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Limitations Act decision clears the way for tenant's action against landlord

Tenants who are injured due to negligence caused by their landlords can breathe easy after the Court of Appeal overturned a decision finding that a one-year limitation period applied, says Ottawa personal injury lawyer Najma Rashid.

The plaintiff in the case was injured in January 2010 after tripping over a carpet in his apartment, but a claim against his landlord was not filed in court until December 2011.

Although the province’s Limitations Act sets a two-year deadline for court proceedings, a Superior Court judge struck the claim after finding it fell within the exclusive jurisdiction of the Landlord and Tenant Board, which has a one-year limitation period set by Ontario’s Residential Tenancies Act (RTA).

“We can all breathe a sigh of relief after the appeal court’s decision because it confirms that the Limitations Act applies and that the Superior Court does have jurisdiction over alleged acts of negligence against landlords,” Rashid, a partner with Howard Yegendorf & Associates, tells AdvocateDaily.com.

She says the initial decision made waves among personal injury lawyers.

“It put a great amount of fear in the legal community because we always understood that the Limitations Act is unambiguous in applying a two-year limit on court proceedings,” she says. “The lower court transported the one-year limitation period from the administrative tribunal into the court actions in negligence, so the appeal court decision just restores the law.”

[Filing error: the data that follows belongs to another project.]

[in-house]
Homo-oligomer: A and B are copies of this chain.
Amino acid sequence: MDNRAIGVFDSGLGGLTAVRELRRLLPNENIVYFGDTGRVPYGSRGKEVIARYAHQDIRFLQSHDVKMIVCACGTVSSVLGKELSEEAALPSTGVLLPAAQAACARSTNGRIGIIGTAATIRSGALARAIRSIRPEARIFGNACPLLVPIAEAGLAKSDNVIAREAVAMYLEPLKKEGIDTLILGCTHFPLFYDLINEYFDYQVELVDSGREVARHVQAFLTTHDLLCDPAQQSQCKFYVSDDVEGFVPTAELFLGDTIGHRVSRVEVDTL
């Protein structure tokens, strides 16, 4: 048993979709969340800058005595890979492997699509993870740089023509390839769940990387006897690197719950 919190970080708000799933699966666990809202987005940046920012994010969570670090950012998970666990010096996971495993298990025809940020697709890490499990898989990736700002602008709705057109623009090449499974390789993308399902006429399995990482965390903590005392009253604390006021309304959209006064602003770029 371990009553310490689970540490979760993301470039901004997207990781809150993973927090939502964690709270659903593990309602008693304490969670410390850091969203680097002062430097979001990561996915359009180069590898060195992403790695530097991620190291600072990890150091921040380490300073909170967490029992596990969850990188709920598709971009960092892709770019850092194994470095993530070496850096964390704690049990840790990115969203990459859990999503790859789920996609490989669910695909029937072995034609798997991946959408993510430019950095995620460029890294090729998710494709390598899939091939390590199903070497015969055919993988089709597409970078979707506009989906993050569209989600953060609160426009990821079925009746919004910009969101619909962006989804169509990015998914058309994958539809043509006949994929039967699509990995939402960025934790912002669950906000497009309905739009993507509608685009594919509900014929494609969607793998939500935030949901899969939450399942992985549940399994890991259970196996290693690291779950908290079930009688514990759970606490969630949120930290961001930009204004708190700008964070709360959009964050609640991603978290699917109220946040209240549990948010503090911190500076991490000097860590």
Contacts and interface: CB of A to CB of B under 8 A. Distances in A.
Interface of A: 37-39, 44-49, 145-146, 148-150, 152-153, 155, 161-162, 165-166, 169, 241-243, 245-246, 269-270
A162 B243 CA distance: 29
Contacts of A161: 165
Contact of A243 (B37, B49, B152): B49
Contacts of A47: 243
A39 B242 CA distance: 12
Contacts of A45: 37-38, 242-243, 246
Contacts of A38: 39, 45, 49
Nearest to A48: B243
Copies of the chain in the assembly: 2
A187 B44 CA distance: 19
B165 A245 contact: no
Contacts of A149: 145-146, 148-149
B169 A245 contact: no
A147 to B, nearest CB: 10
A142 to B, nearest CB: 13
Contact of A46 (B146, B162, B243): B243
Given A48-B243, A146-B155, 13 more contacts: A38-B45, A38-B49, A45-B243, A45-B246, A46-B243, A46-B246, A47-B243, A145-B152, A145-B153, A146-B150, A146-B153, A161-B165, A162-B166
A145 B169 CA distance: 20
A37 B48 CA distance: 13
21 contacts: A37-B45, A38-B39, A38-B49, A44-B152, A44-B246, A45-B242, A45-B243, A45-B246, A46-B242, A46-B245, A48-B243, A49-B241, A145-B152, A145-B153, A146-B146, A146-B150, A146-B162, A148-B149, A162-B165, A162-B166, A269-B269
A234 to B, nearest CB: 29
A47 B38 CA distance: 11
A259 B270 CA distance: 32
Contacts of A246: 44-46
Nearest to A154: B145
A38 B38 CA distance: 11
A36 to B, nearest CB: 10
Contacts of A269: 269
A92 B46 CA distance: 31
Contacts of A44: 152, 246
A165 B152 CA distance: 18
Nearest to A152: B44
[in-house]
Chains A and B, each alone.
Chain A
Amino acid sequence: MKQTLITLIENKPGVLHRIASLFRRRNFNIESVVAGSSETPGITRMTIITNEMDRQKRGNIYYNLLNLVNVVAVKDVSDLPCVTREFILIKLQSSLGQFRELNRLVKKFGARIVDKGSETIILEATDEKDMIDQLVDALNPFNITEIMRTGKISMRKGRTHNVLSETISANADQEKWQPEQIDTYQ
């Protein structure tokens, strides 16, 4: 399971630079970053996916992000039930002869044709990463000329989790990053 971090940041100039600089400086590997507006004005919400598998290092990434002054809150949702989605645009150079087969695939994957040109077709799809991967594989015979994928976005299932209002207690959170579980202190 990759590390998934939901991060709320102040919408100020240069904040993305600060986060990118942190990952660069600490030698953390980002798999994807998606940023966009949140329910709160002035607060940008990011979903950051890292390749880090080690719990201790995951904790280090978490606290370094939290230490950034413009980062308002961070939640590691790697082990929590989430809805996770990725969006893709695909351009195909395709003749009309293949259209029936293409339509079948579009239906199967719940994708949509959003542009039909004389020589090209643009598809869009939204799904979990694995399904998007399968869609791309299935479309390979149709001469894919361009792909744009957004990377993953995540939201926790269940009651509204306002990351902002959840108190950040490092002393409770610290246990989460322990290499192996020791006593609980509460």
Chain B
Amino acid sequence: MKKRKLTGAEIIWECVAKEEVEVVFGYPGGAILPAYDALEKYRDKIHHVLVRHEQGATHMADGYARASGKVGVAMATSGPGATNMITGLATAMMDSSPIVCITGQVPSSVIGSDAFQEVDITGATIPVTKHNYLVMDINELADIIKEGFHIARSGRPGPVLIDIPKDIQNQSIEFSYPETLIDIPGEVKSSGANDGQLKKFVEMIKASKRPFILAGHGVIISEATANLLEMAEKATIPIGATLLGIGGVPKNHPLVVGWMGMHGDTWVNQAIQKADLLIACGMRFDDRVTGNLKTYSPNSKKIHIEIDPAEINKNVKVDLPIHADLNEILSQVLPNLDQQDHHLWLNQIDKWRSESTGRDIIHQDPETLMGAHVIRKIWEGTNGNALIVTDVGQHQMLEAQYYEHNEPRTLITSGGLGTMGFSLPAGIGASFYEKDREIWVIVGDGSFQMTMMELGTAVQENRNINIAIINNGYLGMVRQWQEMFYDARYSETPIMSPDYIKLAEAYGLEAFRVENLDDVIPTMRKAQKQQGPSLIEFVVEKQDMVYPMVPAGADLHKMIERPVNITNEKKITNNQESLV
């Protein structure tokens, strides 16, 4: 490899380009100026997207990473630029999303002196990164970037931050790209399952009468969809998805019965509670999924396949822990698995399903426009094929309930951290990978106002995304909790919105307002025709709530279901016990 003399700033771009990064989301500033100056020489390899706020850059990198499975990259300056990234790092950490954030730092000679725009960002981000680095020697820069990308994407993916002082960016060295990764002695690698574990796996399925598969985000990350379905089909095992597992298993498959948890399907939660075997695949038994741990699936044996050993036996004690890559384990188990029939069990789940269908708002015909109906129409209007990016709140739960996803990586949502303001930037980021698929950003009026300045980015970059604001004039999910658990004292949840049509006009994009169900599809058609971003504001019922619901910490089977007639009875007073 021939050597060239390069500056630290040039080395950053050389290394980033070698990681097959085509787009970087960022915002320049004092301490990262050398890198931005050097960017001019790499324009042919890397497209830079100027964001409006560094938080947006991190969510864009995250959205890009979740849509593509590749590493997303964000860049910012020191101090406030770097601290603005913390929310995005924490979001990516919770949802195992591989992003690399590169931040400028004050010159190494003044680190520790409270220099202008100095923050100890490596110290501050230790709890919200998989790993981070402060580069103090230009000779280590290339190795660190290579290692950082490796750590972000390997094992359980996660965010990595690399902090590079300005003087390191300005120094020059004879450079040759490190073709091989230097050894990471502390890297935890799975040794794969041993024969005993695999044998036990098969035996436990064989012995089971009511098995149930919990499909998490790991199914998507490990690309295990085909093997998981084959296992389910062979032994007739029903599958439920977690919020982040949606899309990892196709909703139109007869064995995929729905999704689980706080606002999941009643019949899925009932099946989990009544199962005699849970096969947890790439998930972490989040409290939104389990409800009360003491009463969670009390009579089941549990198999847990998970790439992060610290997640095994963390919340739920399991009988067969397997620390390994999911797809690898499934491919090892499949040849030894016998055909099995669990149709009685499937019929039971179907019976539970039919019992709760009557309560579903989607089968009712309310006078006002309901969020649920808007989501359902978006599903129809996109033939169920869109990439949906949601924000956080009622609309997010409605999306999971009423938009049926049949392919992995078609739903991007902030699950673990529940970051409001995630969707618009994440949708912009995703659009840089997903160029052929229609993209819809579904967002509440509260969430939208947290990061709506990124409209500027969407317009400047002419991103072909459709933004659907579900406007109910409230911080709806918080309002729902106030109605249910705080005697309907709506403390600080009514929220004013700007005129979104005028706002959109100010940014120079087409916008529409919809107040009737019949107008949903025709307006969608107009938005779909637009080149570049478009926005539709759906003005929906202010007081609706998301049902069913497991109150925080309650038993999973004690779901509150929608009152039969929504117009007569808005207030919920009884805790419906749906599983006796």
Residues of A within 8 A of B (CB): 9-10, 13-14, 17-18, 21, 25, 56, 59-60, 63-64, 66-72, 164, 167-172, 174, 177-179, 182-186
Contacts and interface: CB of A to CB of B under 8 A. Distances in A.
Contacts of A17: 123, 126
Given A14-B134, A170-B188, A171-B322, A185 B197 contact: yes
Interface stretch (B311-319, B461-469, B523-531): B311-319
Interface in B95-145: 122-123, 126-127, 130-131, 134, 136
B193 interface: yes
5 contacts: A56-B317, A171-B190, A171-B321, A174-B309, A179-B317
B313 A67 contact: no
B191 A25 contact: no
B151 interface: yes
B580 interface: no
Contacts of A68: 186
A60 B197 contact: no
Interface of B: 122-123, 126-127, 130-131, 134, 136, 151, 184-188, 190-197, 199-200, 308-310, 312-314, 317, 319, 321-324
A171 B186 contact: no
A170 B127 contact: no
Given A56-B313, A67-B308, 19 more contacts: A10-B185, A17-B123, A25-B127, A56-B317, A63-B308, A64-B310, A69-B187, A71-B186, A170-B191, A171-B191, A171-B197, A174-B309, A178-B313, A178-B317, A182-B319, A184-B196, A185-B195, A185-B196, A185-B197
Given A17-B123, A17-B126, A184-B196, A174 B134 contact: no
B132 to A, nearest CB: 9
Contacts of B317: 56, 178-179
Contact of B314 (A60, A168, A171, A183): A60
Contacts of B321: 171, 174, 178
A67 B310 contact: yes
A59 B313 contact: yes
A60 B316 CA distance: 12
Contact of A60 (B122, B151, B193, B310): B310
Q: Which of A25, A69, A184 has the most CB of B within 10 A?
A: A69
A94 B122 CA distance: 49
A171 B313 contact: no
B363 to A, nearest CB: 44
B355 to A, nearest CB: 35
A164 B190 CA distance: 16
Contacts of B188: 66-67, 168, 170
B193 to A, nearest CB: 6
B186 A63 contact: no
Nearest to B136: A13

The unanimous three-judge panel of the province’s top court wrote that the motion judge got it wrong when he ruled the board had exclusive jurisdiction over the claim. For example, the RTA allows tenants to claim for non-repair by landlords when the amount of damages is over the $25,000 Small Claims Court limit. In this case, the plaintiff claimed $500,000.

“Because the estate claimed damages exceeding the monetary jurisdiction of the Small Claims Court, and therefore exceeded the jurisdiction of the Board, there was no question that the appellants were entitled to commence their proceeding in the Superior Court,” the appeal court judges wrote.

In addition, the RTA permits a judge “to make any order the Board could have made in addition to any relief it could grant in a court proceeding,” the judgment reads.

Had the appeal court ruled the other way and upheld the Superior Court’s judgment, Rashid says it could also have sparked a rash of solicitors’ negligence actions in similar cases where the shorter deadline would have resulted in claims being dismissed.